par terre position - starting on your hands and knees in wrestling, if penalized

Sunday, July 31, 2016

Sports Factory

Who says Americans don't make anything anymore? For the next three weeks, this factory will produce highlights, world records and household names.

Hundreds of permanent and temporary employees make up the NBC Sports "at home" team during this Olympics. This includes on-air talent, play-by-play announcers, producers, statisticians, graphic designers, writers, editors and researchers. Another couple hundred employees will be based in Rio.

More so than any other job, my job as researcher is to watch sports. I am basically supposed to be a "smart fan" who knows all the medal favorites, human interest stories and, most importantly, how to pronounce each athlete's name.

It's a tough gig but somebody's got to do it.

To learn about 5 of my sports, watch these short video guides: Canoe/Kayak, Fencing, Wrestling, Judo, Taekwondo.

Sunday, July 17, 2016

Back in the Games

One year after the Toronto 2015 Pan American Games, I'm returning to the sports world to work the Rio 2016 Olympic Games... in sunny Stamford, Connecticut! That's where the headquarters for NBC Sports is located. Somewhere within the compound is the Research Room - my home for the next four weeks.

I've been assigned as a researcher for six sports - canoe/kayak, fencing, boxing, taekwondo, judo and wrestling. The first two I'm very familiar with, having previously worked as Media Director for USA Canoe/Kayak and USA Fencing. The other four - not as much, but I look forward to becoming an expert on them.

My job will be to assist the on-air talent and producers with storylines, stats, records, pronunciations... you name it. I've never had this particular role before but I'm excited to see the Olympics from the broadcast side of things. It'll be the first Games that I work for remotely. I'm sad to miss out on the excitement and beauty of Brazil but happy not to have to be away from family and work for any longer than I already am.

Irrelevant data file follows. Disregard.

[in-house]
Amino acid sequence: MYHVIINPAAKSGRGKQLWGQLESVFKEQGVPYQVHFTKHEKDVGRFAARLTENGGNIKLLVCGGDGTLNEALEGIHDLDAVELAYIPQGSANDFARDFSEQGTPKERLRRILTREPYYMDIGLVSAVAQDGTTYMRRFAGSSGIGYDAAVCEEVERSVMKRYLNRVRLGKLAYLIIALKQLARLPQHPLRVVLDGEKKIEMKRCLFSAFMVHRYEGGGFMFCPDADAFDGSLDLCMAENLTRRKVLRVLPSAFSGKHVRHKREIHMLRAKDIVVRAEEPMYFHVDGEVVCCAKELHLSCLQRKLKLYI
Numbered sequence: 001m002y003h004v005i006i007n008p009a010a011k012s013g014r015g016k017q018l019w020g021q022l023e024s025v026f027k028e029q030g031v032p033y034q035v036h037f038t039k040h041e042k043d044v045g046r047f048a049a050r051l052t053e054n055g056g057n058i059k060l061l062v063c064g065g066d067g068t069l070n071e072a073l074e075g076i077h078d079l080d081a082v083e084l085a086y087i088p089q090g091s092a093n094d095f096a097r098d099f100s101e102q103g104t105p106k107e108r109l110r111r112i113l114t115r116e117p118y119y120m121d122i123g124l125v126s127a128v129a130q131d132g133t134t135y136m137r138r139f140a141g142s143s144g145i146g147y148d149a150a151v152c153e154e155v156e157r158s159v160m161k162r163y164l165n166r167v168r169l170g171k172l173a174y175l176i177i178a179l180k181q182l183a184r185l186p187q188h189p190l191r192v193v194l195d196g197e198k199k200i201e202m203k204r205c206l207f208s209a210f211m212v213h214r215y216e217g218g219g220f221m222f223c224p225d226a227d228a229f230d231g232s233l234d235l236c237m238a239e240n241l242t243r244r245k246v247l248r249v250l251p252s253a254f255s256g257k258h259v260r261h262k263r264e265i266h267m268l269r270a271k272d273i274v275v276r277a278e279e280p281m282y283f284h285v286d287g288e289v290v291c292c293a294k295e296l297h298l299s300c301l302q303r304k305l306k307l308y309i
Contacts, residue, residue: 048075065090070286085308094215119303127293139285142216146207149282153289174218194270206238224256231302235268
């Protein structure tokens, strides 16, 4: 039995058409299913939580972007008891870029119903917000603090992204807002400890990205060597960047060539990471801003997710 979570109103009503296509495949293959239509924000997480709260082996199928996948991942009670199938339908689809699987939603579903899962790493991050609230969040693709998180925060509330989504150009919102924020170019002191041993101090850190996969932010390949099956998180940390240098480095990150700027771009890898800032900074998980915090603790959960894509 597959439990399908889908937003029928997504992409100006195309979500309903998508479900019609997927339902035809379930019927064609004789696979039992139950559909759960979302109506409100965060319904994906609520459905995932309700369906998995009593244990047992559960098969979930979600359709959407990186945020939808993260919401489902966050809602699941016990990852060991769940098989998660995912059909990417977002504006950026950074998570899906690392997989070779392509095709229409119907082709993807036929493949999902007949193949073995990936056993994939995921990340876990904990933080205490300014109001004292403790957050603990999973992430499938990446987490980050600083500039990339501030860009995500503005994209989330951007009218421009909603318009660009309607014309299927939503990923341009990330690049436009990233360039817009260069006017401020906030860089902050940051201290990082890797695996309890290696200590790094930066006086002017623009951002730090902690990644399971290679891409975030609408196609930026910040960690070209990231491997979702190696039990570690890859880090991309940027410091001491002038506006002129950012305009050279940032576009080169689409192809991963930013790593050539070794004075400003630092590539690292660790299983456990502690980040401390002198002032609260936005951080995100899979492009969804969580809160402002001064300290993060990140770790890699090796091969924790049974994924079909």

Be sure to follow along on NBC, NBC Sports, CNBC, MSNBC, USA, Bravo and Telemundo!

Fun facts about Stamford: it's a 50-minute train ride from NYC

Wednesday, July 22, 2015

In the Final Stretch

I've now finished my 2nd venue - canoe/kayak slalom at the Minden Wild Water Preserve. The course was set on the Gull River 3 hours northeast of Toronto. Luckily, I had a place to stay in Minden and didn't have to make that daily commute. The venue was so natural and unlike any other I've been to. The Venue Media Center was a tent with no air conditioning and more bugs than reporters. But it was also refreshing and fun riding a golf cart through the woods from one end of the venue to the other.

Now I head to soccer, which has already been going on for 10 days. This will be the first venue that I'm not running the (media) show. I'll be helping out the Venue Press Manager and he's got a team of volunteers that already know what they're doing. It's a much slower pace, with athlete interviews taking place only once every couple of hours, but it has the potential to get crazy during the medal rounds.

I'm loving my experience so far, but I'm excited for my 4-day vacation coming up where I get to be a tourist in Toronto with Teresa. I'm meeting a lot of great people (see my canoe sprint volunteer supervisors pictured above) and learning a lot about event operations. It's like some sort of Olympic summer camp.

Follow me on Twitter @nickolivier

Wednesday, July 15, 2015

One venue down, 2 to go...

After 4 days of racing, I said goodbye to the Welland Pan Am Flatwater Center. The Venue Media Center was packed each day as Canada, Cuba and Brazil racked up the medals. Everything went smoothly for me, except for a few late buses back home to Toronto.

An average day of Canoe/Kayak Sprint included taking the 4:45am media bus from the Main Press Center to Welland. I arrive 2 hours later and I'm on my feet for the next 7 hours, running across the venue, talking to media and coordinating with my volunteer team. I had the best team of 16 volunteers that anyone could ask for!

Now I've got one day off before heading out to the Minden Wild Water Preserve for Canoe/Kayak Slalom. What did I do on my day off? Slept, watched some PanAm squash, and rode Toronto Bikeshare, naturally.